‘Relics and Rarities of Ancient Rome’
The first version of Francesco Ficoroni’s Le vestigia e rarità di Roma antica appeared in 1744 and was printed by Girolamo Mainardi. Whereas the title suggests that the volume only consists of elaborate descriptions of the ‘relics’ and rarities of the antique past, it also contains a second part about the singularities of modern Rome. The descriptions monuments, churches and other places worth seeing are accompanied by a large amount of skilfully executed images and plates that correspond with the text.
In an address to the reader, Ficoroni immediately mentions the incredible amount of time he spent collecting the designs of antique Rome.
A brief history of topographical descriptions
It was already since the Renaissance that people had an interest in compiling this type of information. Through topographical descriptions, they made serious attempts to document the still remaining heritage that reminded of the ancient past. In the course of the sixteenth century, the genre of the topographical description increasingly commercialized and was interpreted as a type of city guide. Not only locals with an interest in their cultural heritage were consulting the archaeological and topographical descriptions, also foreign visitors would read the publications in order to learn more about the splendor of Rome. Since the number of guides kept growing and their target group had broadened, their character slowly adapted to an international public. The works were translated, more images were included, and they also appeared in a pocket-size format in order to be easily portable and user-friendly. It would make sense to assume that Ficoroni’s publication was used for the same purpose. However, if we look beyond the text — that is, at the format of its carrier — we get a different feeling: the book appears too large to be carried around and therefore would not meet the needs of its user. We can therefore assume that the book was not printed in order to be used as a travel guide, but was used for a different purpose. Judging by the material aspects of the book, it looks more like a work that was meant for purposes of study or even display. In the following paragraphs, I will discuss and attempt to explain the three factors that contribute to this idea.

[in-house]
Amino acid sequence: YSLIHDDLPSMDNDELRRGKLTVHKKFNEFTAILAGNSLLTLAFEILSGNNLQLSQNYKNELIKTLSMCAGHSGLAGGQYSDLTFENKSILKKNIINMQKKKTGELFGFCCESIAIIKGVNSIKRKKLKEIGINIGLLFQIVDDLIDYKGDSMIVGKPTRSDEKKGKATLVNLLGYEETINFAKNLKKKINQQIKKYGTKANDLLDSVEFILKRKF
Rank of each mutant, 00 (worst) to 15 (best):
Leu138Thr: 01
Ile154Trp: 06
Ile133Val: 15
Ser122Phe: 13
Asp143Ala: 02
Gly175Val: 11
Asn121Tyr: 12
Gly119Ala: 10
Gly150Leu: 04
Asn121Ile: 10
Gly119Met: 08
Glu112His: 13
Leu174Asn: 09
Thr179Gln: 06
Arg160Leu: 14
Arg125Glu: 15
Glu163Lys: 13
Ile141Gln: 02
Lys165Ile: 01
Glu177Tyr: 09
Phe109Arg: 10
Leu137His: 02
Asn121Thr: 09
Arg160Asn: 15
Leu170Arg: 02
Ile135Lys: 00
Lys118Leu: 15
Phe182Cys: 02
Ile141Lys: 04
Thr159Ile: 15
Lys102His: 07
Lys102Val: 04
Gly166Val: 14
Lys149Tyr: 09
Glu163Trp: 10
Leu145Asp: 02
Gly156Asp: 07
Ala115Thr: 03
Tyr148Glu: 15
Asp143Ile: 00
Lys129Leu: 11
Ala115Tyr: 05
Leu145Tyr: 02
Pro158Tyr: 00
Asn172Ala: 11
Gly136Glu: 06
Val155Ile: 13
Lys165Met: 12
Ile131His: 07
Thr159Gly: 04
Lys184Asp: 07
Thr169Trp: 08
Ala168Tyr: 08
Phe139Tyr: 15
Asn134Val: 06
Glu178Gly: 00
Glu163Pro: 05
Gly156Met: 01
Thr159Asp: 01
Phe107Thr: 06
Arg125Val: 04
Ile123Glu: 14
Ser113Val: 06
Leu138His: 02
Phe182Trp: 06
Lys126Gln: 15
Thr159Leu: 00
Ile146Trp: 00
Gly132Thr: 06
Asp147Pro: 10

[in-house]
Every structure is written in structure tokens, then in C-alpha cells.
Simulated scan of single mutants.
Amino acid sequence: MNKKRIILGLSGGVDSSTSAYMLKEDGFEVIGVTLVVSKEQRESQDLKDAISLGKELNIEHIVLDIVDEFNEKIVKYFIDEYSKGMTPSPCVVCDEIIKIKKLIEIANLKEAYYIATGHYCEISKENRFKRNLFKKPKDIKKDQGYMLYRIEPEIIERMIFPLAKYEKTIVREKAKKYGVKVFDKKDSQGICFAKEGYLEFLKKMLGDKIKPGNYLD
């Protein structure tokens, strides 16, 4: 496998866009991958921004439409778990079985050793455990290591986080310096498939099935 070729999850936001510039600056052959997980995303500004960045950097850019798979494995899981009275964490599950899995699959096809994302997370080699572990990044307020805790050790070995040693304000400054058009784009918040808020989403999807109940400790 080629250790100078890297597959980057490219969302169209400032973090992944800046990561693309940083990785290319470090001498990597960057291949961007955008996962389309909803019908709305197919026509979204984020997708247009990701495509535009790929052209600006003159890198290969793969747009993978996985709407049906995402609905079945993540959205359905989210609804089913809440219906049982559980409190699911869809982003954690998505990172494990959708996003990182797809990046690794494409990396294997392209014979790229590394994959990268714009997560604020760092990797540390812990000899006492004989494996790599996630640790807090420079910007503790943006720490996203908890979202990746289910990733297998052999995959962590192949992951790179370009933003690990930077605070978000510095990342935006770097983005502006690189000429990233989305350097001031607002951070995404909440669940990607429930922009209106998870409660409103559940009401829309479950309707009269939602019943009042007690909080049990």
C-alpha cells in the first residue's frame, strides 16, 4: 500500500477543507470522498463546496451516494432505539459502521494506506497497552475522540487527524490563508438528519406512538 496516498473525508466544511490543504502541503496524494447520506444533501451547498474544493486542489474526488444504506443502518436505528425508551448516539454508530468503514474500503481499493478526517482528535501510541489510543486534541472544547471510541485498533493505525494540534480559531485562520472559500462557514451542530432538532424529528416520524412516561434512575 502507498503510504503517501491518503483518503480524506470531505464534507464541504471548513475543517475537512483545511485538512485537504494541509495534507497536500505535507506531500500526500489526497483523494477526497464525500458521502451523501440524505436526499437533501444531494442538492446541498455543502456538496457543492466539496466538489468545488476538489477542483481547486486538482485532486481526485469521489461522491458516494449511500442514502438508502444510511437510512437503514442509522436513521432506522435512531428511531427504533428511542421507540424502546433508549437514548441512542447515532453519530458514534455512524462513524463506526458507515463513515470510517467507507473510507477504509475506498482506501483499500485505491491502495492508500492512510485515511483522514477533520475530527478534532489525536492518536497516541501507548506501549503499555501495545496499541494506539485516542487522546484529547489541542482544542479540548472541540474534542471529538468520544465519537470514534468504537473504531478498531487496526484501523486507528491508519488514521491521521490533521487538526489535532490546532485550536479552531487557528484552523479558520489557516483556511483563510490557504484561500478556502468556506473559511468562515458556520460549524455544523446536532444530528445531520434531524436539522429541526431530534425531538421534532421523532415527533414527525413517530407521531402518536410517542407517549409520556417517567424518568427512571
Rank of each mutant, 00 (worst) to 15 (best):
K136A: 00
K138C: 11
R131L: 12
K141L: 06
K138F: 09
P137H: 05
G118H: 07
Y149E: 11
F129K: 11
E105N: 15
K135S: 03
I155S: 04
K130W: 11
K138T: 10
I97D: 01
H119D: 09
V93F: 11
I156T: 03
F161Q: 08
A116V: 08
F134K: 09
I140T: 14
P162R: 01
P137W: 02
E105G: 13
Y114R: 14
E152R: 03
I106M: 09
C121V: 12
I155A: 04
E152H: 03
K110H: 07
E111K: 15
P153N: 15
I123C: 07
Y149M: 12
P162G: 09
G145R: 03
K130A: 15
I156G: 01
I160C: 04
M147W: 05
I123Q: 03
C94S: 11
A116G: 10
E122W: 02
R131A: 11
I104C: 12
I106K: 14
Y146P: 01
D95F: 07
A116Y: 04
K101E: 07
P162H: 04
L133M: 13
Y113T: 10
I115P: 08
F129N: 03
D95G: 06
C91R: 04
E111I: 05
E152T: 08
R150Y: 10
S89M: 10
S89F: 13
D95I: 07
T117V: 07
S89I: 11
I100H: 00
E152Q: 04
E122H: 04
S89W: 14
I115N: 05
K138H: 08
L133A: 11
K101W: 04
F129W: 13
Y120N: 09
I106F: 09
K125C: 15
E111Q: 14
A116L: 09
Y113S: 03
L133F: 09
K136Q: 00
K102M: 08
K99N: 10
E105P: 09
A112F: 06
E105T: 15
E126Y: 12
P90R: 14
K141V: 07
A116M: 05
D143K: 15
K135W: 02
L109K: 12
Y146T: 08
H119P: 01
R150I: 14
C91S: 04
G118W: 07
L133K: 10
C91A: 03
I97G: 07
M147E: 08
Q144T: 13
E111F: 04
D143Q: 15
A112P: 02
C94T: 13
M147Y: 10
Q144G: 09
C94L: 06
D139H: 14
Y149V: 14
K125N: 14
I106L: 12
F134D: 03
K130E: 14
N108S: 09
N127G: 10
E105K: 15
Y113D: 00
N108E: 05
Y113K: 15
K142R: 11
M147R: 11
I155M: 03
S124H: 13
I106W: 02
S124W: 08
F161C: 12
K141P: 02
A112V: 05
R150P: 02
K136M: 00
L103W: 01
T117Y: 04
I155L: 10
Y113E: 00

The first factor hides in the frontispiece, the title page, and the dedicatory page (figs. 1-3) of the book, all dedicated to Pope Benedict XIV.
As Rome’s international influence was declining in the course of the seventeenth century, the Catholic church started an ambitious program of ‘urban embellishment’ and transformed the city into a cultural center. Within the scope of the program, old and inefficient constructions made way for modern roads and buildings of all kinds. From this moment on, the Eternal City was increasingly represented as a city that possessed both ‘old’ and ‘new’ qualities: a lot of tourists traveling to the city were not just visiting Rome for its ancient past or its role in the religious world, but were also interested in the recent developments that were taking place.
Part of the Church’s campaign was to publish a lot of printed material that would further promote the city’s new image. Benedict XIV contributed to the foundation of an archaeological academy in 1740, while at the same time the Church commissioned all kinds of prints and books exalting the modernization that Rome had undergone. Ficoroni’s book can be interpreted in the same light.
It is clear that the Church actively supported the author and his publication and that Ficoroni celebrates the ancient as well as modern monuments of Rome. Not surprisingly, the book immediately got the imprimatur of the Church, indicating that it did not pose a threat to religion and was allowed to be printed and read. It, in fact, described the importance of Rome as an absolute capital.